|Year : 2018 | Volume
| Issue : 1 | Page : 14-18
Evaluation of the bonding strength between yttrium-stabilized zirconia and coating ceramics with three-point flexural Test: The surface treatment effect
Anderson Fernandes Felipe1, Walace Henry Miranda Coimbra2, Geraldo Alberto Pinheiro Carvalho3, Simone Kreve3, Aline Batista Gonçalves Franco3, Sergio Cândido Dias3
1 São Leopoldo Mandic Dental Research Center, Campinas, São Paulo, Brazil
2 Department of Prosthodontics, São Leopoldo Mandic Dental Research Center, Campinas, São Paulo, Brazil
3 Department of Restorative Dentistry, São Leopoldo Mandic Dental Research Center, Campinas, São Paulo, Brazil
|Date of Web Publication||31-Jan-2018|
Prof. Simone Kreve
Rua Independência 1899, Apto 602, Centro, Toledo, Paraná
Source of Support: None, Conflict of Interest: None
Aim: This study aimed at evaluating with the three-point flexural test, the bonding strength of tetragonal zirconia polycrystalline stabilized by yttria zirkonzahn (Y-TZP) and two coating ceramics (Ice e Vision Zircon), with two surface treatments (treated and untreated). Materials and Methods: Forty Y-TZP bars were divided into four groups (n = 10): vision zircon/without treatment (VZ/woT), vision zircon/with treatment (VZ/wT), ice/without treatment, and ice/with treatment (I/wT). The flexural strength assay was conducted using a 50 N load cell and 1 mm/min speed. Results were analyzed with one-factor ANOVA, two-factor ANOVA, and Tukey's test (α = 0.05). Results: The treatment surface of Y-TZP affected significantly the bonding strength (P = 0.019), with higher values in VZ/woT group in comparison with the groups VZ/wT (P = 0.027) e I/wT (P = 0.034). The variable “coating ceramic” was not statistically significant (P = 0.138), on the other hand, the variable “surface treatment” significantly decreased the strength values when vision zircon ceramics was used (P = 0.018). Conclusion: This study concluded that the use of the evaluated ceramics did not influence the bond strength and the surface treatment decreased strength depending on the coating ceramics.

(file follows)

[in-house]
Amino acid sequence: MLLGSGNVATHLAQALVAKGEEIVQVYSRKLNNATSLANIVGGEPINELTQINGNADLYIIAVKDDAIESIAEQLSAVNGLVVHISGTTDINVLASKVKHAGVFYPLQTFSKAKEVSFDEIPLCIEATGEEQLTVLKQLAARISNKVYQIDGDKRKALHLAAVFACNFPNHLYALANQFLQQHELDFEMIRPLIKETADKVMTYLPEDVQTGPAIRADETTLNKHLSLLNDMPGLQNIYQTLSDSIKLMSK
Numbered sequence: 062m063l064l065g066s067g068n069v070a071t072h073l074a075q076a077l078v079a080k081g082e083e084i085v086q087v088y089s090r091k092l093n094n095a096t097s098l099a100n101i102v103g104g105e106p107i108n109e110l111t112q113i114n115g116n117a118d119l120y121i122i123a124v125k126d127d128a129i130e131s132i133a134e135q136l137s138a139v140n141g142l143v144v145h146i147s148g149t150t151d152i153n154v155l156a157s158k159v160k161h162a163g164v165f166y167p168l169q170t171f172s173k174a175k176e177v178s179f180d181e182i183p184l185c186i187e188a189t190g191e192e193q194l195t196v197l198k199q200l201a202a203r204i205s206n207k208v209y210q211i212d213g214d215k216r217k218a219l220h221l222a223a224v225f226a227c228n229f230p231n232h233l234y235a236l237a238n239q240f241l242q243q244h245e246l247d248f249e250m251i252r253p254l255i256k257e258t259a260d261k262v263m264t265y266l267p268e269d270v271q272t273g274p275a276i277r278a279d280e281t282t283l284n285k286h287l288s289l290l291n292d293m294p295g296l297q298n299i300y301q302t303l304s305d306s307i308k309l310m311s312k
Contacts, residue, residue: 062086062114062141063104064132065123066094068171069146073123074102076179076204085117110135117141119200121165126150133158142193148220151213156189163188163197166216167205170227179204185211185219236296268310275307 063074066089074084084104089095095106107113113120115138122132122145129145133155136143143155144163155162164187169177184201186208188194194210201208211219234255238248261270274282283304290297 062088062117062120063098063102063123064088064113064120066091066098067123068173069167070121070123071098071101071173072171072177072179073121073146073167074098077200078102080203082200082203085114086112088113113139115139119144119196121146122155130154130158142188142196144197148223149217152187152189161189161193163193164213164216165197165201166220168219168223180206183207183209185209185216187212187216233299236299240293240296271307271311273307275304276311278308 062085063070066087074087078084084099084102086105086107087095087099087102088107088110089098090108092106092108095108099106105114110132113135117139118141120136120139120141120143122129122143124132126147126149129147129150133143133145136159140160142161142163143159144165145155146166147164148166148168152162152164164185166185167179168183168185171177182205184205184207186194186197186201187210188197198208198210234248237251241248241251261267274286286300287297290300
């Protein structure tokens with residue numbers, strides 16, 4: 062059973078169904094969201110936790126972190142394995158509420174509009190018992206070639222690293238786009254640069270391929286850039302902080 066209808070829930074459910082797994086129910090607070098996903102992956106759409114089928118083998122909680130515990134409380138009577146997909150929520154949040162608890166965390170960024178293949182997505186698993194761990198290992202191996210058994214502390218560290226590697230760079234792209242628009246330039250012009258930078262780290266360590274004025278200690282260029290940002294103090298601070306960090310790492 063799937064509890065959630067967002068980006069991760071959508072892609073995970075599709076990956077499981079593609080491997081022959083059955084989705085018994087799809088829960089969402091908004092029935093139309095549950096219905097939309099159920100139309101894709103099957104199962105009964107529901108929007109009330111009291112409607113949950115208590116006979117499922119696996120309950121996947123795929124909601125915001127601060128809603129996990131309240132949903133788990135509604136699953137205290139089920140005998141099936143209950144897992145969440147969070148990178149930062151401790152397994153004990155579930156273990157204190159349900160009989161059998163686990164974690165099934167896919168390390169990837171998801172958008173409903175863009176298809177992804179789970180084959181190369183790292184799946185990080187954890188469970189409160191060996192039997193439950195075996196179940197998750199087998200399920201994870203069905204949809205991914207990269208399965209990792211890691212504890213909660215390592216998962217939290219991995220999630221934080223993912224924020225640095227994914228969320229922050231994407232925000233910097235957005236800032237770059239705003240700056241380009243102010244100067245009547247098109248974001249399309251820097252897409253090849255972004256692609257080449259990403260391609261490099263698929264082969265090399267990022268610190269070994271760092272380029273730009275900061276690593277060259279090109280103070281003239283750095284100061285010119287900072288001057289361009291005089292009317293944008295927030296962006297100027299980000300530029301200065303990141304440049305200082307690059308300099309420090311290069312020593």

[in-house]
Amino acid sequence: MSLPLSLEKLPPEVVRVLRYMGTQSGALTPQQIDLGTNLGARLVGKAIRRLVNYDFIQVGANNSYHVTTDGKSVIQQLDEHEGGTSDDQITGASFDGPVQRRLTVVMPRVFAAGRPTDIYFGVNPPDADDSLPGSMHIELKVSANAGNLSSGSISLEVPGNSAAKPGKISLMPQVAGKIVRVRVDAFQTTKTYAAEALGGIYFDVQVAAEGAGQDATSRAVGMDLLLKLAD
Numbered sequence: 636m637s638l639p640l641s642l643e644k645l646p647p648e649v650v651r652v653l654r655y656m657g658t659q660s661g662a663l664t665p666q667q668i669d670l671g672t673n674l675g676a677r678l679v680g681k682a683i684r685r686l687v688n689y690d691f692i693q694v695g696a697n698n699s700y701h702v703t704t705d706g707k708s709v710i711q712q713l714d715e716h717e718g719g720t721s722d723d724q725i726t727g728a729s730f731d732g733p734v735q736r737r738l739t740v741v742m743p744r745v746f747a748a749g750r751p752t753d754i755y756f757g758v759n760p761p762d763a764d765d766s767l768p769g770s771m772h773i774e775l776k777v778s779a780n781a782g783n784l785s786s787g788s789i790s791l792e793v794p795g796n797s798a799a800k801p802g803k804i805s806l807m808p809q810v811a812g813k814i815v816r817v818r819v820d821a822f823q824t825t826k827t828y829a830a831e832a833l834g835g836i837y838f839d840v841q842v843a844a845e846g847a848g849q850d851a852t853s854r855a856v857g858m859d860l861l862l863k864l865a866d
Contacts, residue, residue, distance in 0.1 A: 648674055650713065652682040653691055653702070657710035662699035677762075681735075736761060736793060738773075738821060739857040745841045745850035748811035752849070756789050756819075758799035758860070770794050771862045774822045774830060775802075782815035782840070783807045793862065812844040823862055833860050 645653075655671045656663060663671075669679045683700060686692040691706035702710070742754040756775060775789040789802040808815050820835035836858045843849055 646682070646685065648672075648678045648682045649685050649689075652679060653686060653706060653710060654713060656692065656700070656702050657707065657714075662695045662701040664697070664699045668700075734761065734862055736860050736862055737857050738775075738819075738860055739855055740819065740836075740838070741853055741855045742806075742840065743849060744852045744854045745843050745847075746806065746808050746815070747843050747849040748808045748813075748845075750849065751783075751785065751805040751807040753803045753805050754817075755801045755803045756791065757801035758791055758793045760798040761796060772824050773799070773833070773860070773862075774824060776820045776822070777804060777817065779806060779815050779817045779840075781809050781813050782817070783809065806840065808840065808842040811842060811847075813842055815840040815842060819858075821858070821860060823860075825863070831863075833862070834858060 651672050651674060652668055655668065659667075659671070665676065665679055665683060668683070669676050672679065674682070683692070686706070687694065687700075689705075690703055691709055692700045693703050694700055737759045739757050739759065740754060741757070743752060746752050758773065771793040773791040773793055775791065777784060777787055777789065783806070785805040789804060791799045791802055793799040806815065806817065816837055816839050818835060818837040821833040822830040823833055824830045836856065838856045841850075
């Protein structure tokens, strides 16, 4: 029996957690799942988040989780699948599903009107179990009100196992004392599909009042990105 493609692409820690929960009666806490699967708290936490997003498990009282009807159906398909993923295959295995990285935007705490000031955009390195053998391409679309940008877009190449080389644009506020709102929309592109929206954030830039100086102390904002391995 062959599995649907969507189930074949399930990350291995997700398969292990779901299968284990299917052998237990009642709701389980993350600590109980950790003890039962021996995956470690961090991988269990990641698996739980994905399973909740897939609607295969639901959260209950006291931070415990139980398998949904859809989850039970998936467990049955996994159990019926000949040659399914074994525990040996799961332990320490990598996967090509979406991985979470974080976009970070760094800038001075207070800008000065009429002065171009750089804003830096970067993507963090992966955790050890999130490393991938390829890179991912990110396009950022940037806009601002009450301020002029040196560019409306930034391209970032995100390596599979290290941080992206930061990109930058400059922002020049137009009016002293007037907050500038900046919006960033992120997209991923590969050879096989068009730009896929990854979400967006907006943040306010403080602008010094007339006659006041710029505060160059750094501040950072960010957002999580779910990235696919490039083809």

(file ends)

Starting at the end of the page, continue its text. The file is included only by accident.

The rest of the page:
Keywords: Bond strength, surface treatment, veneering ceramics, zirconia
|How to cite this article:|
Felipe AF, Miranda Coimbra WH, Pinheiro Carvalho GA, Kreve S, Gonçalves Franco AB, Dias SC. Evaluation of the bonding strength between yttrium-stabilized zirconia and coating ceramics with three-point flexural Test: The surface treatment effect. Eur J Gen Dent 2018;7:14-8
|How to cite this URL:|
Felipe AF, Miranda Coimbra WH, Pinheiro Carvalho GA, Kreve S, Gonçalves Franco AB, Dias SC. Evaluation of the bonding strength between yttrium-stabilized zirconia and coating ceramics with three-point flexural Test: The surface treatment effect. Eur J Gen Dent [serial online] 2018 [cited 2019 Jan 23];7:14-8. Available from: http://www.ejgd.org/text.asp?2018/7/1/14/224366
| Introduction|| |
Numerous possibilities of materials are available for oral rehabilitation. Porcelain esthetic level and the mechanical reliability of metallic frameworks have provided the longer lifespan of these restorations. However, the use of metals and the release of ions frequently cause gingival coloration and allergic and inflammatory reactions. This factors motivating the replacement of metallic alloys by biocompatible materials.
Esthetical solutions are increasingly challenging due to both patient demand and new materials and techniques available. To this end, ceramic materials have been developed with optical properties similar to natural teeth,, besides excellent mechanical properties.
Among the ceramic materials used in frameworks, zirconia is notable for its tenacity. For use in dental practice, it is usually stabilized on the tetragonal phase with yttrium addition (Y-TPZ).,
Clinical evidence about the tetragonal zirconia polycrystalline stabilized by Y-TZP performance challenge the high frequency of coating ceramics chipping in comparison to the metalloceramic system., Possible causes are related to adhesion ceramic materials to zirconia surface, thermal and mechanical compatibility, coating ceramics thickness, technical control of manufacture, among others.,, The clinical consequence of a fracture in coating porcelain depends on its length and location.
When associating metalloceramics to zirconia ceramics, both of them need thermal and mechanical compatibility. However, the metal is less damaging to the ceramic coating because of its elastcity modulus. Due to its hardness, zirconia produces destructive stress on the coating ceramics, and hence, the mechanical properties of coating ceramics are essential for the restoration long-term success.,
In view of exposed seems pertinent to assess, with the three-point flexural test, the bond strength between Y-TZP and two coating ceramics, with two surface treatments.